Renewable Energy No Longer 'Alternative:' Green Fuels Hit Mainstream Growth

Renewable Energy No Longer 'Alternative:' Green Fuels Hit Mainstream Growth

Wind, solar and bio-based fuels are no longer "alternative" energies, according to a new report. Instead, with steady, rapid growth and nearly 5 percent of total global energy capacity, these renewable energy technologies are ready for prime time.

The report, "REN21 Renewables Global Status Report 2007," was produced by REN21, a renewable energy policy group, and the Worldwatch Institute. It examines the growth of renewable energy in the decade since the Kyoto Protocol was passed, and finds that, out of a total global energy use of 4,300 gigawatts, renewable energy makes up 240 GW, or just over 5 percent.

In addition to its relatively large output, four main categories of renewables have grown quickly and steadily in recent years. Photovoltaic solar power sources grew by 50 to 60 percent in 2006, while wind power grew by 30 percent and biofuels and solar thermal both grew 15 to 20 percent in 2006.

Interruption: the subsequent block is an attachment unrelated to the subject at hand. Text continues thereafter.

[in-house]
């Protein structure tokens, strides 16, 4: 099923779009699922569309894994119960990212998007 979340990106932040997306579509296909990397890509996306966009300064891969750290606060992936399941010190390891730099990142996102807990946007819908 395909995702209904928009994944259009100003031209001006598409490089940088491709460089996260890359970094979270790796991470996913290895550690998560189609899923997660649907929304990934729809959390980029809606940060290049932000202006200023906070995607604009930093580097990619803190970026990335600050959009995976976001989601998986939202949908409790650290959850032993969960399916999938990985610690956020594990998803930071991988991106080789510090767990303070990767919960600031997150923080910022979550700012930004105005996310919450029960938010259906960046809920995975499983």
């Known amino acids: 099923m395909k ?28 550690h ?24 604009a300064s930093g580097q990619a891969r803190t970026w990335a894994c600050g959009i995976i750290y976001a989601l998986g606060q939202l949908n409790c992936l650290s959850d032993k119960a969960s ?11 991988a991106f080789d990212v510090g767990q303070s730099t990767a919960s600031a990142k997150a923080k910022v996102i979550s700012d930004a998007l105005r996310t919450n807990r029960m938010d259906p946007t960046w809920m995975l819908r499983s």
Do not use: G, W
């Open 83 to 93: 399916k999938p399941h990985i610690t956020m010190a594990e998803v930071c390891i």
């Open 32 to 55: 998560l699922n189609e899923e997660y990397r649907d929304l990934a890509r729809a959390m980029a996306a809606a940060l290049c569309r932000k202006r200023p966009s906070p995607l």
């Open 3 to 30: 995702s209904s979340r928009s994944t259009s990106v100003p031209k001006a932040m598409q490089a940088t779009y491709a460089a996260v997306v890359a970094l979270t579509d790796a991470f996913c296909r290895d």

Wind energy makes up the biggest share of the renewables market, with a total of 90 gigawatts of capacity in 2007, 11 times the amount generated by wind sources in 1997.

"With more than 70 countries installing wind power and biomass power generation expanding in more than 40 countries, renewable energy is clearly a global sector", said Mohamed El-Ashry, head of REN21. He added, "growth is being driven by policies to promote renewable energy, which have mushroomed over the past few years."

These policies have sprung up in a patchwork fashion, so that now more than 50 countries around the globe have set targets for domestic renewable energy, and at least 56 countries have created a policy to promote renewable energy. But entirely local or regional policies won't achieve the results needed to stem global warming, the group said.

"What's needed now are binding targets in an international agreement to establish polices that can rapidly accelerate the large-scale deployment of renewable energy to replace fossil fuels," El-Ashry said.

The report, timed to coincide with the climate summit happening in Bali, is available from